- How astronomers study the Milky Way
- The synergy between ESO telescopes on the ground and the Gaia telescope in space
- The violent past, present and future of our home galaxy
We have imaged millions of galaxies, but we have so far not been able to take an image of our home galaxy as seen from the outside. So, how do we know what it actually looks like? And how it came to be and has evolved? With the combined power of ground- and space-based telescopes, astronomers can map and do archaeological studies of the Milky Way, to unveil its dramatic past, and peer into its future.
How do we study the galaxy where we live? It’s a bit like being asked to draw a map of the city you live in, without being able to leave your house. You might be able to peer through the windows and see some features like streets and tall buildings, but most will be hidden by nearby houses. It is quite similar when trying to image the Milky Way. Voyager 1, the most distant human-made object, has been travelling for 45 years and is now more than 20 billion kilometres away. Still, that’s pretty much next door in galactic terms: you would need to be several million times further away to get a clear view of the Milky Way from the outside.
We sit within the Milky Way, and as we look up in the sky we see the hazy stellar band of our galaxy, and clouds of dust obscuring the inner parts of the galaxy, making galactic mapping even harder. Follow along as we draw the map of the Milky Way, starting from the first draft.
A walk down memory lane…
One of the first ever attempts to make a map of the Milky Way was in 1785 by the astronomers, and siblings, Caroline and William Herschel. The Herschels counted the stars they could see in the night sky, and they assumed the galaxy was deeper in the directions where there were more stars. The regions shielded by dust and gas towards the constellation of Sagittarius are already evident in this map, in the white space between the two reaching arms on the right. We now know that this region is the centre of the Milky Way, but back then it was supposed to be one of the edges, as stars to the other side were blocked from our view.
We have only known for about 100 years that galaxies outside of the Milky Way exist, but this discovery was not without controversy. In the early 1900, Harlow Shapley measured the distribution of globular clusters – old, massive collections of stars – in the Milky Way. He found them to be in a spherical arrangement around, what he correctly assumed, is the centre of the galaxy. This allowed him to both estimate the actual size of the Milky Way, as well as to place the Sun within it (and it was not in the centre!).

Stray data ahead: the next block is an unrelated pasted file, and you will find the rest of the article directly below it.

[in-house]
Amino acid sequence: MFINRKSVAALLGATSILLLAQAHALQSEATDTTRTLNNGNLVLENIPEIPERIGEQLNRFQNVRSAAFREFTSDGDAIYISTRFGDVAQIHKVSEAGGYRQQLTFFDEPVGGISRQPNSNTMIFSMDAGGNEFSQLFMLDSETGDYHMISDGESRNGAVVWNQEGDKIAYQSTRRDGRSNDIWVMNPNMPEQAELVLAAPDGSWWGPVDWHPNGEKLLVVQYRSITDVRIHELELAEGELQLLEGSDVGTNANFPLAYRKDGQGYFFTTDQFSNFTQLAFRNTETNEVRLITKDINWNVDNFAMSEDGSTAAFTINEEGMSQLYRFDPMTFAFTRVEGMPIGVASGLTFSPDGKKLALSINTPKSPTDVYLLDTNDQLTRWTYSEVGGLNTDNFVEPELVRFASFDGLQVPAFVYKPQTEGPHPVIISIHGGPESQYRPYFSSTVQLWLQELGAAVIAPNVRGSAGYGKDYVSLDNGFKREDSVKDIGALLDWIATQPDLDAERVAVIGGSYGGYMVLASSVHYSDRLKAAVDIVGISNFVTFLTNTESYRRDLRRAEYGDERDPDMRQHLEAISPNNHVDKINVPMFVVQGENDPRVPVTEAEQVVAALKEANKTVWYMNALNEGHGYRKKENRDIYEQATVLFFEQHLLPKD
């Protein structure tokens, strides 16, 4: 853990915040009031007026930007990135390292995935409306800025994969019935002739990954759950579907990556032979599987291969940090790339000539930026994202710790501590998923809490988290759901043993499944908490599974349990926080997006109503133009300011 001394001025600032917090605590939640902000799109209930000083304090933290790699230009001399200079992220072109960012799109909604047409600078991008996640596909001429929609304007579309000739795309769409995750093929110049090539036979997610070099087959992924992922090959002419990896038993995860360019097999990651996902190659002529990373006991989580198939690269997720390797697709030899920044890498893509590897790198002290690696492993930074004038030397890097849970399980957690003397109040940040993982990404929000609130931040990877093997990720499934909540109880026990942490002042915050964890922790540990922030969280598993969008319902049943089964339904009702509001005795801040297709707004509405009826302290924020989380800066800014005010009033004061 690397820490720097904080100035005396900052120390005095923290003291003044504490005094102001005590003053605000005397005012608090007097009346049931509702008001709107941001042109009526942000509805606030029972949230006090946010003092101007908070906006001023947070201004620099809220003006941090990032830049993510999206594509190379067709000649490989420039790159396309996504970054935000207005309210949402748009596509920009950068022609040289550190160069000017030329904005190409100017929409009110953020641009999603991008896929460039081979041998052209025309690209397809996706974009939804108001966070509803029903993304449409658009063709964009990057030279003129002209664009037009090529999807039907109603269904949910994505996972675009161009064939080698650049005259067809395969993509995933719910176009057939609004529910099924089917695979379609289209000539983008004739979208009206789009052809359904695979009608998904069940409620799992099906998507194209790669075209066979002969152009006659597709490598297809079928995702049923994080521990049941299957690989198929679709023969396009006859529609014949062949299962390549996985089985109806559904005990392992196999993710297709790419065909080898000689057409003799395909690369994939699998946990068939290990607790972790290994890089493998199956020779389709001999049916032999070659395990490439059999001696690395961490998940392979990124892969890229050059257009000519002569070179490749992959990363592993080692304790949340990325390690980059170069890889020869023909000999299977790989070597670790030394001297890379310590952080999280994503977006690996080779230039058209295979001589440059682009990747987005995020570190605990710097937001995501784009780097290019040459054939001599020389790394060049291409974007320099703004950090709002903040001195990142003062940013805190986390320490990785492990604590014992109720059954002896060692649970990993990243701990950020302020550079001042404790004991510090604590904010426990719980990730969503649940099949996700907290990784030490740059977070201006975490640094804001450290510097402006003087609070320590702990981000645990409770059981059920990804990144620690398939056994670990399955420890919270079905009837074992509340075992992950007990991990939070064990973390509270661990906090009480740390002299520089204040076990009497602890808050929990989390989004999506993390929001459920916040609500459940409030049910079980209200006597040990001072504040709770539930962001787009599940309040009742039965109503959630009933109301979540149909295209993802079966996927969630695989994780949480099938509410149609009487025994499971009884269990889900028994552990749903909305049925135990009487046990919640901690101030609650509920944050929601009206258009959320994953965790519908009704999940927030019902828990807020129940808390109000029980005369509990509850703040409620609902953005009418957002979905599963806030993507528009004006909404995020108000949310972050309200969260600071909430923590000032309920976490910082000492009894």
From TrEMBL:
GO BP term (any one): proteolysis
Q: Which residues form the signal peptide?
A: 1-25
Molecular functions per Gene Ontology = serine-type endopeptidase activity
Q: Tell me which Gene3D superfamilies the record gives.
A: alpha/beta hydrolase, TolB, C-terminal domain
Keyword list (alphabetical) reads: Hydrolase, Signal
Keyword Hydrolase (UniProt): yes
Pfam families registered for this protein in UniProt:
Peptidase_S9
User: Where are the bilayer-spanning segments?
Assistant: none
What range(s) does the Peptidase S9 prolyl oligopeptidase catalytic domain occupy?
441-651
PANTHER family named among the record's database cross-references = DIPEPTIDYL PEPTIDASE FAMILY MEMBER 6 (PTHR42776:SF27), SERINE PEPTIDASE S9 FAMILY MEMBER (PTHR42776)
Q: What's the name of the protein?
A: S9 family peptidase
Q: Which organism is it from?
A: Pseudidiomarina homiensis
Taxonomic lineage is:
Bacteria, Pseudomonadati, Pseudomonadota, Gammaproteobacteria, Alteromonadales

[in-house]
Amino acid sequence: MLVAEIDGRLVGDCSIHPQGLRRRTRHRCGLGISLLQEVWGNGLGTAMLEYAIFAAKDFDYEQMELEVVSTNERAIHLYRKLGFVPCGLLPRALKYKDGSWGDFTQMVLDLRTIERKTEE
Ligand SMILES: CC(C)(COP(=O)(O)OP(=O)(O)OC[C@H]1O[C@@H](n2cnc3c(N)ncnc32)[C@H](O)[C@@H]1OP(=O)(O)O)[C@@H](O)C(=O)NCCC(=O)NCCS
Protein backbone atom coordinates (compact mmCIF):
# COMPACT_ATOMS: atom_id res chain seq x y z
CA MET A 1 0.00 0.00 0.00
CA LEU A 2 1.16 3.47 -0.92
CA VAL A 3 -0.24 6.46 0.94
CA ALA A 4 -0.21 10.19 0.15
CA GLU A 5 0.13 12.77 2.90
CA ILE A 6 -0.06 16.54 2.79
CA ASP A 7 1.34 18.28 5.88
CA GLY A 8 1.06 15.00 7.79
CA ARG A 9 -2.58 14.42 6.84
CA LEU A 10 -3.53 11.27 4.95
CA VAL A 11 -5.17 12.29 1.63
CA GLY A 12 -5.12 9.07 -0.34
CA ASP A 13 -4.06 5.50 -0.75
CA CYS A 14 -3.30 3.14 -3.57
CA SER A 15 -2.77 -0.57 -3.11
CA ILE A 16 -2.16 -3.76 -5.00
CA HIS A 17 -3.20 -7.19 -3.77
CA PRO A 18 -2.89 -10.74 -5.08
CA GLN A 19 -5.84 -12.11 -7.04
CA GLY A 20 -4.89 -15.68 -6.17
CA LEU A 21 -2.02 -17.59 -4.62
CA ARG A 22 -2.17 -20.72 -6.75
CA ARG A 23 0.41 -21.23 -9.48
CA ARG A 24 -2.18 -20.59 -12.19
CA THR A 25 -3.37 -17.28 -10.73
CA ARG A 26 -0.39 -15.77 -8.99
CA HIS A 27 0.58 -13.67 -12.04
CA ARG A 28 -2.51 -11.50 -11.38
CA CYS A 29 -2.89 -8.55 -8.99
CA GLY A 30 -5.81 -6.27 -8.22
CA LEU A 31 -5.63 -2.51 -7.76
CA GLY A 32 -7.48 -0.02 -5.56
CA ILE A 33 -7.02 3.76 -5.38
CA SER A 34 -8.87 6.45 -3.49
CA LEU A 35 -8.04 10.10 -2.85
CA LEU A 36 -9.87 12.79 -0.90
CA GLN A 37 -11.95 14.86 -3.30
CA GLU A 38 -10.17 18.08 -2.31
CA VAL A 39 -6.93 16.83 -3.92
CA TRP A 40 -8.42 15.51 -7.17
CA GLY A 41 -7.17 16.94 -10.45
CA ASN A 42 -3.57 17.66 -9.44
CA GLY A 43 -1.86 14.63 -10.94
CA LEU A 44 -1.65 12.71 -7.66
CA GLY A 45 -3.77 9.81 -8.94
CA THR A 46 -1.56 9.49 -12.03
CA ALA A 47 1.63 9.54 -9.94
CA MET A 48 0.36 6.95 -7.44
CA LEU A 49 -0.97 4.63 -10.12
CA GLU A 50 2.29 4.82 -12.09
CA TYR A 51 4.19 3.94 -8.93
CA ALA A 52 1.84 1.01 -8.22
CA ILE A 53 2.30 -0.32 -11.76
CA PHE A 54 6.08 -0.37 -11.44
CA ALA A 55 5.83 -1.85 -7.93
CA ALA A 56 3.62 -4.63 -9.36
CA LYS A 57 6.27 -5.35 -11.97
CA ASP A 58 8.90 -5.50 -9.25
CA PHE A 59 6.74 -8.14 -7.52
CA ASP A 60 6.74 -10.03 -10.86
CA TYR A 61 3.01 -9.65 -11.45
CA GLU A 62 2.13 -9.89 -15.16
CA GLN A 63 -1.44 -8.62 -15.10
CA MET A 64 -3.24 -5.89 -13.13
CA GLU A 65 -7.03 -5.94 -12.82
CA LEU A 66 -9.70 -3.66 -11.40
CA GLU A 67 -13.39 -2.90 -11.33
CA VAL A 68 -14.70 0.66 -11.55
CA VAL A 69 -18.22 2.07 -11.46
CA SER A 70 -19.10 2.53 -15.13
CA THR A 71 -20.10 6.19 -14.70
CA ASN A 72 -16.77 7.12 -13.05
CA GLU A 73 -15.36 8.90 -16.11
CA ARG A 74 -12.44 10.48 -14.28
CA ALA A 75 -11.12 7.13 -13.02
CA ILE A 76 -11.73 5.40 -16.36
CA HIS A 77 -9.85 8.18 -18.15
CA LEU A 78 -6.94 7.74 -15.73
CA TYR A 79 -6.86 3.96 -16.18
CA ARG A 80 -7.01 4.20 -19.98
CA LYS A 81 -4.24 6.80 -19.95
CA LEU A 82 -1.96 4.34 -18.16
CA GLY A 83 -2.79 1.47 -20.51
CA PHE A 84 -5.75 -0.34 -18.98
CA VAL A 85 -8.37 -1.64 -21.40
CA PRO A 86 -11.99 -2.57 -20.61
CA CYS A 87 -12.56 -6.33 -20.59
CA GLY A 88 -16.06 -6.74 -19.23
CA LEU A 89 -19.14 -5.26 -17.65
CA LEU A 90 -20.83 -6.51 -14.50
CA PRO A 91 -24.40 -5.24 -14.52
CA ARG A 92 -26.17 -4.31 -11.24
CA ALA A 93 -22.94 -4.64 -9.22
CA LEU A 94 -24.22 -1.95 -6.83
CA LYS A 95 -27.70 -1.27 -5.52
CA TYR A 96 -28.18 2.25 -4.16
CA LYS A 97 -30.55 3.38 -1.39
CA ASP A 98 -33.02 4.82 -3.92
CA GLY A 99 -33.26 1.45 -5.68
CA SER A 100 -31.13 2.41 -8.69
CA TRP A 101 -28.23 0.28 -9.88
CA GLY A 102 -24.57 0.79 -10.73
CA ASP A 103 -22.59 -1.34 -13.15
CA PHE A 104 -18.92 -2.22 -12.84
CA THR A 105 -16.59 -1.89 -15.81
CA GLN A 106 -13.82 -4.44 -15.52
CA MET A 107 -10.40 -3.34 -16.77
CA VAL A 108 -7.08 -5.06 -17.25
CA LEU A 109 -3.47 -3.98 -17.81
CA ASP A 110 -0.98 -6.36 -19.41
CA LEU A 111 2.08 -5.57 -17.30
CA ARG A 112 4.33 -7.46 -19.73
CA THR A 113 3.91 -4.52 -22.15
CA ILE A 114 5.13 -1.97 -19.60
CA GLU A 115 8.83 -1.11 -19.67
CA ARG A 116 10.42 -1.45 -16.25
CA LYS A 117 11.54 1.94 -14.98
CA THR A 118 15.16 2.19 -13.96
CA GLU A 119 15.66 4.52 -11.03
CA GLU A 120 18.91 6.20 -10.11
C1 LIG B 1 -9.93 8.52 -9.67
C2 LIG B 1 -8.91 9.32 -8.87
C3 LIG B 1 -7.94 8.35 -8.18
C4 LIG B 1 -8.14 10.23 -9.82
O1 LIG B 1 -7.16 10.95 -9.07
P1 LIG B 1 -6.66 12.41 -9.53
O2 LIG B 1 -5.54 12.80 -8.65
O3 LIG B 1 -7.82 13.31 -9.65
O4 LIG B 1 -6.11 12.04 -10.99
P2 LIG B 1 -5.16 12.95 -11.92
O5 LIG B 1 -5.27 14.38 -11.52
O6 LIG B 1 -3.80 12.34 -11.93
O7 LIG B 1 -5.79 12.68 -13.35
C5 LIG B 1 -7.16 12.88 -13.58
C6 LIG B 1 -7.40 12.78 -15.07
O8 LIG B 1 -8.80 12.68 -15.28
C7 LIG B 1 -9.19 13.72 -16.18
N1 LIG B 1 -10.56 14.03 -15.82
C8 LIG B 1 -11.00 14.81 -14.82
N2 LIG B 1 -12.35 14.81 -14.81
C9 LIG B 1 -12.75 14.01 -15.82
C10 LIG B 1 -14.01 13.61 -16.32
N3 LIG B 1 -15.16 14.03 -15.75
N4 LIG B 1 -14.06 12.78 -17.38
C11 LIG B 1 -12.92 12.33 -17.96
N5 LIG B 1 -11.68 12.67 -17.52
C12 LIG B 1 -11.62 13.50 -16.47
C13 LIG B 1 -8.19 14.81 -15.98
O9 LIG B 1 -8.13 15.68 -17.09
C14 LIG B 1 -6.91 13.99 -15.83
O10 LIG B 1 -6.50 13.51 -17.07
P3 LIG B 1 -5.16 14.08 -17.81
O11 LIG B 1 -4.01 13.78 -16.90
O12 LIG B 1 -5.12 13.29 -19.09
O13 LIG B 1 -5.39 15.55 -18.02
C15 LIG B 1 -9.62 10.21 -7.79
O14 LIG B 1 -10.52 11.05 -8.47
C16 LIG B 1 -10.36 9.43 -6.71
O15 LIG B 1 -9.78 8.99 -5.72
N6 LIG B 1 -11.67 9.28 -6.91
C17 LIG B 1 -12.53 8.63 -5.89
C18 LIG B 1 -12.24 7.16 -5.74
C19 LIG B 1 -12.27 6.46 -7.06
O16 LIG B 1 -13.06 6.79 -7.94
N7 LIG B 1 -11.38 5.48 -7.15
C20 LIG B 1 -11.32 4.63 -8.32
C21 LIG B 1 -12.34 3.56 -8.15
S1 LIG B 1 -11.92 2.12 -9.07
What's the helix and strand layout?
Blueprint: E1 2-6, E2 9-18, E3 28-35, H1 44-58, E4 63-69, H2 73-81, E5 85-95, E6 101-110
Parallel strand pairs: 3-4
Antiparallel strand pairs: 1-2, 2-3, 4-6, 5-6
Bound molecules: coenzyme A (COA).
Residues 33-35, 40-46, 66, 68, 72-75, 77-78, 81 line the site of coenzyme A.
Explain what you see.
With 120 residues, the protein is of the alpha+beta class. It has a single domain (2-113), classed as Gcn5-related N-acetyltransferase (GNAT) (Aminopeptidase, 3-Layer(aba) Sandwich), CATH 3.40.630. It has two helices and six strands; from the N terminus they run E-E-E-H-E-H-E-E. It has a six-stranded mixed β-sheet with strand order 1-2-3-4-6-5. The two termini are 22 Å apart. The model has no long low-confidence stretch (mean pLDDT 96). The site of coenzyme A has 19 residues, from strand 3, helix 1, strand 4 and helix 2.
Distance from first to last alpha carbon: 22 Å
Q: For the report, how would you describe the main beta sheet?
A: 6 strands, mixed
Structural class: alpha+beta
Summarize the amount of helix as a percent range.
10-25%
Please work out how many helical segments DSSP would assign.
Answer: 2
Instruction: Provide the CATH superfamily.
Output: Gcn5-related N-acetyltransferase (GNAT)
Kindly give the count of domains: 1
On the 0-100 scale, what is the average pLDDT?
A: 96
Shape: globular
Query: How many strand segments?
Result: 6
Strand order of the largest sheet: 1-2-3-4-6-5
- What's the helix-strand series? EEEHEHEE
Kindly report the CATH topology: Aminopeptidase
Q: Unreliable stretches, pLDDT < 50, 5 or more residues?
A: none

At the same time, Heber Curtis was measuring the optical spectrum of the, at the time, spiral-shaped “Andromeda nebula”, arguing for its resemblance to the Milky Way, leading to his conclusion that there existed galaxies outside of our own. This led to a hefty discussion among astronomers, regarding the status of Andromeda as a galaxy of its own or as a nebulous cloud within the Milky Way. This discussion in 1920 was so pivotal that it has been given the name “The Great Debate”. Even though Shapley argued that nothing could be as large as the Milky Way, the debate was settled in Curtis favour when Edwin Hubble managed to measure the distance to the stars in Andromeda, and concluded them to be 10 times further away than the most distant stars in the Milky Way. This marked the beginning of a new era in astronomical research, recognising that the observable size of the Universe was much bigger than previously envisioned.
The leap in mapping the Milky Way came in the early 1990s when Lennart Lindegren, together with Michael Perryman and the European Space Agency (ESA), proposed the Gaia space telescope mission, the successor to the Hipparcos mission (1989-1993). Launched in 2013, the Gaia telescope has provided invaluable information about the appearance of our galaxy.
How do we map the galaxy?
Gaia is an expert at measuring the position and velocities of the stars, with so far having mapped almost 2 billion stars in the Milky Way, which is still only 1% of all stars in the galaxy. This allows astronomers to trace the structures of the Milky Way. They can also model the motions of the stars into the past as well as into the future, giving clues as to what the galaxy used to look like, and what’s up ahead.
But how can Gaia measure the distance to a star? It does so by observing how the star moves with respect to background stars, using stellar parallax. You can try this yourself by sticking out your finger in front of you, and now close one eye, and then switch. Notice how your finger seems to move with respect to the background. If you move your finger further away, it will appear to move less, or the angle is smaller. For the stars, we can use the same principle, but instead of having our two eyes, we now use Earth’s orbit around the Sun as our two viewing points. Using the angle of the apparent shift and the distance between the Sun and Earth, the distance to the star can be measured.
Galactic archaeologists study the history of our galaxy and the stars in the sky are their fossils, which provide clues to the Milky Way’s past. To do so, astronomers need to measure the chemical fingerprint of stars, which tells astronomers what they are made of, and in turn what the gas cloud they formed from consisted of, giving clues to their age and origin. However, stars tend to move away from their birthplace, making the puzzle much harder to solve. The chemical fingerprint is obtained through spectroscopy, which just so happens to be one of the many areas of expertise of ESO’s telescopes and instruments. Gaia on the other hand excels at tracking stellar positions and motions, which makes the synergy between Gaia and ESO uniquely suited to unravel how our galaxy formed.
The synergy of ESO and Gaia spans many fields. First, ESO keeps track of the Gaia telescope, making sure that it stays where it’s supposed to be in space. Secondly, the Gaia-ESO public survey uses ESO’s facilities to obtain the chemical information of stars tracked by Gaia, with the goal of further unravelling the mystery of the Milky Way.